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Data Communications Circuit Switching. Switching Networks Long distance transmission is typically done over a network of switched nodes Nodes not concerned.

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Presentation on theme: "Data Communications Circuit Switching. Switching Networks Long distance transmission is typically done over a network of switched nodes Nodes not concerned."— Presentation transcript:

1 Data Communications Circuit Switching

2 Switching Networks Long distance transmission is typically done over a network of switched nodes Nodes not concerned with content of data End devices are stations Computer, terminal, phone, etc. A collection of nodes and connections is a communications network Data routed by being switched from node to node

3 Nodes Nodes may connect to other nodes only, or to stations and other nodes Node to node links usually multiplexed Network is usually partially connected Some redundant connections are desirable for reliability Two different switching technologies Circuit switching Packet switching

4 Simple Switched Network

5 Circuit Switching Dedicated communication path between two stations Three phases Establish Transfer Disconnect Must have switching capacity and channel capacity to establish connection Must have intelligence to work out routing

6 Circuit Switching - Applications Inefficient Channel capacity dedicated for duration of connection If no data, capacity wasted Set up (connection) takes time Once connected, transfer is transparent Developed for voice traffic (phone)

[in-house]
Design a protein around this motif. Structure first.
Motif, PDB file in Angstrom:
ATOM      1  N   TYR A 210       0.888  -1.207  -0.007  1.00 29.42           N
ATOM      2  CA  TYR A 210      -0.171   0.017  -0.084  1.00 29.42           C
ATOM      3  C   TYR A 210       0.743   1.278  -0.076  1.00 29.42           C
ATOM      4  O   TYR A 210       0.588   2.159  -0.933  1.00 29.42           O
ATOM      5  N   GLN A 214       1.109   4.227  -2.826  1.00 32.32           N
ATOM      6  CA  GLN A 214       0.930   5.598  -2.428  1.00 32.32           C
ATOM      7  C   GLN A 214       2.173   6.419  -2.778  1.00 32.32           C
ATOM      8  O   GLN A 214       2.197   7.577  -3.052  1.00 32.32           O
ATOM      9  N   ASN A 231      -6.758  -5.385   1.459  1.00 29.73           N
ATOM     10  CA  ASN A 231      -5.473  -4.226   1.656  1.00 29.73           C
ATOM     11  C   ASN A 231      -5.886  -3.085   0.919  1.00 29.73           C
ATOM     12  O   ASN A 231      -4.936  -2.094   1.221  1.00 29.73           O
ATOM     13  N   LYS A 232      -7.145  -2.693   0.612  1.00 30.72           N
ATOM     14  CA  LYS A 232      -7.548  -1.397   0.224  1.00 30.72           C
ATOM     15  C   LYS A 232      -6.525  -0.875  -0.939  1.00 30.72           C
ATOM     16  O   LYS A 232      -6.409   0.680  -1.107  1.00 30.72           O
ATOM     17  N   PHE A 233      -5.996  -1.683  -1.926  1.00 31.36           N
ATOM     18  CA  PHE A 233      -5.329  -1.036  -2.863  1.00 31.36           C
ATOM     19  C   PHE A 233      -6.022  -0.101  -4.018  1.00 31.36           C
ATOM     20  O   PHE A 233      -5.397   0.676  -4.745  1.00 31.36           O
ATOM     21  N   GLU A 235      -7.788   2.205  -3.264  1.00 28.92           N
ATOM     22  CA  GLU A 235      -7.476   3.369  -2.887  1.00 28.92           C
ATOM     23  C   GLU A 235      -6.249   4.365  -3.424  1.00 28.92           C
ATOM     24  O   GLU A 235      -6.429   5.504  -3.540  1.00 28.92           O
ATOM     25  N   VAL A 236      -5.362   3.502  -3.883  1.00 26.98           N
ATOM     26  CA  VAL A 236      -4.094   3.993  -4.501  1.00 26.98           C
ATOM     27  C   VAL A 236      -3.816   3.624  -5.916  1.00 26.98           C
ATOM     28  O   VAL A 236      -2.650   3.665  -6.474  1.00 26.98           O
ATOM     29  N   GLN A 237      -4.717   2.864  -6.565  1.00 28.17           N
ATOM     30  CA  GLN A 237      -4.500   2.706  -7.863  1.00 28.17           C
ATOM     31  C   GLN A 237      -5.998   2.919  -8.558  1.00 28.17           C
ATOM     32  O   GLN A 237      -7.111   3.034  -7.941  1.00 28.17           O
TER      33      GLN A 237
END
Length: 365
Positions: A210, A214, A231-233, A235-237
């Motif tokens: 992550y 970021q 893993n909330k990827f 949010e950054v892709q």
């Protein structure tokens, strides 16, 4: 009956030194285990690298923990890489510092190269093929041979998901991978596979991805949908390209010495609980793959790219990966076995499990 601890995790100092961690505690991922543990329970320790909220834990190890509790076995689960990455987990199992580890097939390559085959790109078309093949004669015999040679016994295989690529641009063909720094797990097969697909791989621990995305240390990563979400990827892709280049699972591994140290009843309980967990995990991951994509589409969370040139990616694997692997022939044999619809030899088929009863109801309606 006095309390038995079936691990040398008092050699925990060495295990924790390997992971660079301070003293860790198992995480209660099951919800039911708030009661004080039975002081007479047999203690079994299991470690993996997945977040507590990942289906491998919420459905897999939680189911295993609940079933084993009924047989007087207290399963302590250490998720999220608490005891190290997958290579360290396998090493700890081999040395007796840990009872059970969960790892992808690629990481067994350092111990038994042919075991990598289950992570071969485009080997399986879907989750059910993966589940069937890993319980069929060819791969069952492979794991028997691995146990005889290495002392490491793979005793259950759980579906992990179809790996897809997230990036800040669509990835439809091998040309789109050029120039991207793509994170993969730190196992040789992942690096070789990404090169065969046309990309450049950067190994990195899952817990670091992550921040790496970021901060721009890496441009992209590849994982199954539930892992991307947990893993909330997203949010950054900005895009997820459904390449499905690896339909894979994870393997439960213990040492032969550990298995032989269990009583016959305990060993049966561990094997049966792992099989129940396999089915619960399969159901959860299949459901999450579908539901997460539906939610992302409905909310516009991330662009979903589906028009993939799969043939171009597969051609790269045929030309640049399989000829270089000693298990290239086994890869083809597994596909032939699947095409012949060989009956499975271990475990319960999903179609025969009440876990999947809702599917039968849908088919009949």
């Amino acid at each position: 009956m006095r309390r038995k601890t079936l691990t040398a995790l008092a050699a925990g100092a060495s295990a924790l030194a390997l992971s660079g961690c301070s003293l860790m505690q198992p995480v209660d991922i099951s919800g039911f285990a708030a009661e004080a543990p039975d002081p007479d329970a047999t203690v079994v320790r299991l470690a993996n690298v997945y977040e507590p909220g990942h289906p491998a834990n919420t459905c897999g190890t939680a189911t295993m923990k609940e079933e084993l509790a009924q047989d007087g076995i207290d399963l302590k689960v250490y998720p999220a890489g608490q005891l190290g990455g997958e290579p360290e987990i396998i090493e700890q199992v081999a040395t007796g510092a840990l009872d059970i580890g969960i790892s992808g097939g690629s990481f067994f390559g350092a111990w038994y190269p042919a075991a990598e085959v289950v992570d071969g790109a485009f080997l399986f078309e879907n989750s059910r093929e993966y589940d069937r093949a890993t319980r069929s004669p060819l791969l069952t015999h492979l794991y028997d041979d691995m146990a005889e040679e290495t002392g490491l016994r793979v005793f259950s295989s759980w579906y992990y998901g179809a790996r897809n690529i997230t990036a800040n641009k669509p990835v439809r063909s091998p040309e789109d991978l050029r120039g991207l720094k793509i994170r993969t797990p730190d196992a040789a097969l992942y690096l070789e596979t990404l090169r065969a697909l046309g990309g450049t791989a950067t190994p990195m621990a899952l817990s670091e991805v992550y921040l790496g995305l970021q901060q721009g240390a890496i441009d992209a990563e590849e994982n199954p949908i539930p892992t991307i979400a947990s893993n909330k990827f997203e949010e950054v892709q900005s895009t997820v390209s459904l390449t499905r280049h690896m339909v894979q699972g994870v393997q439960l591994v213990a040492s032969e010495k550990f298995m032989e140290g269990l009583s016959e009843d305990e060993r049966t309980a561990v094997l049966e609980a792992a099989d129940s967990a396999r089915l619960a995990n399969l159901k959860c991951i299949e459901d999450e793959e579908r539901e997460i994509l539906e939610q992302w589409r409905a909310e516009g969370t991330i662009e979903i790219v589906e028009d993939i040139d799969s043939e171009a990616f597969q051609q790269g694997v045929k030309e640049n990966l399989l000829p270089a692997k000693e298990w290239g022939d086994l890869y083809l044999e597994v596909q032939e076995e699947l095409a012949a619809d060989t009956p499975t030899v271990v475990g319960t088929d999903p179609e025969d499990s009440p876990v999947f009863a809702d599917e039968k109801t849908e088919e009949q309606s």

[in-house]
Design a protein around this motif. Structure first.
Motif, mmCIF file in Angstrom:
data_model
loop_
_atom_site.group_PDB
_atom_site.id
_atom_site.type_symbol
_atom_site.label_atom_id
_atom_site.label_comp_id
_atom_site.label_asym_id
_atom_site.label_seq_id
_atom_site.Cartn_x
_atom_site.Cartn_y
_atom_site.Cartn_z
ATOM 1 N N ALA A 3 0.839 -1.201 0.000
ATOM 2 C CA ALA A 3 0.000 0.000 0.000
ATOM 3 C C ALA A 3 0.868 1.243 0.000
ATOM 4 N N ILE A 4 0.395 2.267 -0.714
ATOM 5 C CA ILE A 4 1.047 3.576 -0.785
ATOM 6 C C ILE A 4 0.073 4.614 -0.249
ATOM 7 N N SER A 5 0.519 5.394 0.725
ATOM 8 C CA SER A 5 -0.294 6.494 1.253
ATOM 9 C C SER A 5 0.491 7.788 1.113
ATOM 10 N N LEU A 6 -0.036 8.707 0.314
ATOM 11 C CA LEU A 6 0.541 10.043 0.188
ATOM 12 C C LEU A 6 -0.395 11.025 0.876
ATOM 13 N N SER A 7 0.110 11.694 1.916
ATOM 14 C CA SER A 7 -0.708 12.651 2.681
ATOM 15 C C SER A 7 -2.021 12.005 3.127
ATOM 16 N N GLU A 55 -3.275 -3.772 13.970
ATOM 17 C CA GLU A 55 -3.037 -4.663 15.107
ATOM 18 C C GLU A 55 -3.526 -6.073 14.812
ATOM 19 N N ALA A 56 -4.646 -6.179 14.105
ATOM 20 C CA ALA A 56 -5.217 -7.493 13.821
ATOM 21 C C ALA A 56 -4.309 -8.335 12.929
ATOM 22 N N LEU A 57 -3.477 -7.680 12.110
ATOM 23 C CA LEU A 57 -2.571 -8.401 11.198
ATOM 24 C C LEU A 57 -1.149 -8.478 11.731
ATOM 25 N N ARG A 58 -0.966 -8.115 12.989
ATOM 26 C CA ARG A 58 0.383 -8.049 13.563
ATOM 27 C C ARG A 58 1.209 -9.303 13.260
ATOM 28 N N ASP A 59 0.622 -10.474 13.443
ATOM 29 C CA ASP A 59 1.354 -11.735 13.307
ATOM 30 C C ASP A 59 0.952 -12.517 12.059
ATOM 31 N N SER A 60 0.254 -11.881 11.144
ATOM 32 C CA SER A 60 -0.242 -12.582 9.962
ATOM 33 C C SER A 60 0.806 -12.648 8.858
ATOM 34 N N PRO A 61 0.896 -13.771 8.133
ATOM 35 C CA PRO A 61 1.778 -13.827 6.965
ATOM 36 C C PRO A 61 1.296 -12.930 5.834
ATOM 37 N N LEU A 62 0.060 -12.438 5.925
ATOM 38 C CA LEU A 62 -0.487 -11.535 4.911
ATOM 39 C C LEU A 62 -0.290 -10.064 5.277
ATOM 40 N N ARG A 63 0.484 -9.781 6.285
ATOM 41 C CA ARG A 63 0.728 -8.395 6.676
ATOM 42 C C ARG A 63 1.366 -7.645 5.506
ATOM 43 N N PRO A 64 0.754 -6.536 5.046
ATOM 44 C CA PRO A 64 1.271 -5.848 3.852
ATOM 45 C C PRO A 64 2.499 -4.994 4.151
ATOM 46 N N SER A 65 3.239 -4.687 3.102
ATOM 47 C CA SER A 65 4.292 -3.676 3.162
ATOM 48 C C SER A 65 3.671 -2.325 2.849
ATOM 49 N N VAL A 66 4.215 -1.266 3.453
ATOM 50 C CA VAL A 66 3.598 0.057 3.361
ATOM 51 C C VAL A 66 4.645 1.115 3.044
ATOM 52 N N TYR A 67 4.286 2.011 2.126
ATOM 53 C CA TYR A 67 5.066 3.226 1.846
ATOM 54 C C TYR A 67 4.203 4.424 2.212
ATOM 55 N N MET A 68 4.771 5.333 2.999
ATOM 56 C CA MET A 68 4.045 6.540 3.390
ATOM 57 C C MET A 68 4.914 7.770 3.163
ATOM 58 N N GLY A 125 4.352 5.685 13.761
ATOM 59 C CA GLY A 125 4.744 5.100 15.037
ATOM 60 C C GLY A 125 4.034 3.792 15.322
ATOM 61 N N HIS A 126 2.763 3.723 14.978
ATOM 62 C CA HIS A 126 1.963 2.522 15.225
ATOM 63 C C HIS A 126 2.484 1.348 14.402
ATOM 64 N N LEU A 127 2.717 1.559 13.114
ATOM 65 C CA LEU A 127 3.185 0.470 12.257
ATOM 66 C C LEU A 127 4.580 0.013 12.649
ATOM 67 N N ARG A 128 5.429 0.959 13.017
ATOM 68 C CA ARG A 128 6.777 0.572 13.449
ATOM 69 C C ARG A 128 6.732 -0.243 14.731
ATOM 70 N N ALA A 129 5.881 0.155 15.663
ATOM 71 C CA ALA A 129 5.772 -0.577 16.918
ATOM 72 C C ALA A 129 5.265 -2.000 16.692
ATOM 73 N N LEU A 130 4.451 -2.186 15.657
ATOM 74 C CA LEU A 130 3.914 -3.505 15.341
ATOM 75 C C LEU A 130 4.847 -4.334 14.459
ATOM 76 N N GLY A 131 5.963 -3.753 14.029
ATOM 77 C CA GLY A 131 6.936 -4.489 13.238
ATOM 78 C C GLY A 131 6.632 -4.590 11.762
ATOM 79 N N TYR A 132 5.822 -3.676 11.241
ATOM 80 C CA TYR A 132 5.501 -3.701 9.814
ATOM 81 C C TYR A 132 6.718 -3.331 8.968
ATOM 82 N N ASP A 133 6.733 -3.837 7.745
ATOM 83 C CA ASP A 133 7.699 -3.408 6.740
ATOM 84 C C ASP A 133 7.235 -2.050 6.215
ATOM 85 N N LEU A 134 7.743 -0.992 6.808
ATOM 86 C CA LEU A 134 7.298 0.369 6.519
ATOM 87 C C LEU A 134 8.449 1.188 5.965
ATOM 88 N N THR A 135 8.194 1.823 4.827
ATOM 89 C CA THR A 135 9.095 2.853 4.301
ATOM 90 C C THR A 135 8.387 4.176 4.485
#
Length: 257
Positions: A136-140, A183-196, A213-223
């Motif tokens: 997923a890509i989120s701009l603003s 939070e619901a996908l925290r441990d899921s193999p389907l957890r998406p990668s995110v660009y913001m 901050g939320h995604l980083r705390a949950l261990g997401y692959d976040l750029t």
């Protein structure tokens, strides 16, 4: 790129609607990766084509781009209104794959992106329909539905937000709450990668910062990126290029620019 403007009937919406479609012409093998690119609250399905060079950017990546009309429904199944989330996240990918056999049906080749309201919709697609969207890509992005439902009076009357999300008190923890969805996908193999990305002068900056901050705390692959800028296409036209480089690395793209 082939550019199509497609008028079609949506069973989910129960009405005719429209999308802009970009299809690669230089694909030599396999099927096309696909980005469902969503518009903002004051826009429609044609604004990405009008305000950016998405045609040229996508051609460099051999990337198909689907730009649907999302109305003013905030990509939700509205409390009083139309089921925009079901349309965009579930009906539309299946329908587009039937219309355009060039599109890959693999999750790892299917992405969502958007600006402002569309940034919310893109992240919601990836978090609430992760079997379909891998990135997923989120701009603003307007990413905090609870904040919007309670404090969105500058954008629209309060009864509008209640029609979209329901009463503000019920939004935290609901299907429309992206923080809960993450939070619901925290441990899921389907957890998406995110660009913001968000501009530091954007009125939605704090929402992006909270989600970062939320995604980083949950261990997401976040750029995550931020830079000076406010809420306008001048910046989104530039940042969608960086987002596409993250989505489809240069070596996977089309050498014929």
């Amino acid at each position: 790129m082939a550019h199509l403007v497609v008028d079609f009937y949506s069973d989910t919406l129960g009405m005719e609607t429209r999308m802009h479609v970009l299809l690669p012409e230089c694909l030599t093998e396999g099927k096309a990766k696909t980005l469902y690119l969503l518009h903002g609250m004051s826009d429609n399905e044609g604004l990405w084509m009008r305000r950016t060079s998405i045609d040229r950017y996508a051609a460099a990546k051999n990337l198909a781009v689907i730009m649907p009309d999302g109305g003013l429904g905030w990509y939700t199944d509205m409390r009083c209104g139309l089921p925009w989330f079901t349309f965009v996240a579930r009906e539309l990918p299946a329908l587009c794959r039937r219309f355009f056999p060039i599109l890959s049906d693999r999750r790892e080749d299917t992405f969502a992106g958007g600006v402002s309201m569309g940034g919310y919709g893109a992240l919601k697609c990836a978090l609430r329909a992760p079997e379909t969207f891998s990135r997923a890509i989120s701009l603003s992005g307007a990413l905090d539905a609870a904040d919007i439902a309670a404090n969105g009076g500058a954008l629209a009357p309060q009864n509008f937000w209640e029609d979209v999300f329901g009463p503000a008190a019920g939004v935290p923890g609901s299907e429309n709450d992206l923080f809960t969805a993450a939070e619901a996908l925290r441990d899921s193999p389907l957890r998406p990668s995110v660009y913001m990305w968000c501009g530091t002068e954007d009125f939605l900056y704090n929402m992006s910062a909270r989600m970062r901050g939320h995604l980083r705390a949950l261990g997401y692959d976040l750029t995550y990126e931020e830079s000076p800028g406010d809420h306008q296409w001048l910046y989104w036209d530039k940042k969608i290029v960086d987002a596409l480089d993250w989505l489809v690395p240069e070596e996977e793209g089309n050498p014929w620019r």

7 Public Circuit Switched Network

8 Telecomm Components Subscriber Devices attached to network Local Loop Subscriber loop Connection to network Exchange Switching centers End office - supports subscribers Trunks Branches between exchanges Multiplexed

9 Circuit Switch Elements

10 Circuit Switching Concepts Digital Switch Provide transparent signal path between devices Network Interface Control Unit Establish connections Generally on demand Handle and acknowledge requests Determine if destination is free construct path Maintain connection Disconnect

11 Blocking or Non-blocking Blocking A network is unable to connect stations because all paths are in use A blocking network allows this Used on voice systems Short duration calls Non-blocking Permits all stations to connect (in pairs) at once Used for some data connections

12 Space Division Switching Developed for analog environment Separate physical paths Crossbar switch Number of crosspoints grows as square of number of stations Loss of crosspoint prevents connection Inefficient use of crosspoints All stations connected, only a few crosspoints in use Non-blocking

13 Crossbar Matrix

14 Multistage Switch Reduced number of crosspoints More than one path through network Increased reliability More complex control May be blocking

15 Three Stage Switch

16 Time Division Switching Partition low speed bit stream into pieces that share higher speed stream e.g. TDM bus switching based on synchronous time division multiplexing Each station connects through controlled gates to high speed bus Time slot allows small amount of data onto bus Another line’s gate is enabled for output at the same time

17 Routing Many connections will need paths through more than one switch Need to find a route Efficiency Resilience Public telephone switches are a tree structure Static routing uses the same approach all the time Dynamic routing allows for changes in routing depending on traffic Uses a peer structure for nodes

18 Alternate Routing Possible routes between end offices predefined Originating switch selects appropriate route Routes listed in preference order Different sets of routes may be used at different times

19 Alternate Routing Diagram

20 Control Signaling Functions Audible communication with subscriber Transmission of dialed number Call can not be completed indication Call ended indication Signal to ring phone Billing info Equipment and trunk status info Diagnostic info Control of specialist equipment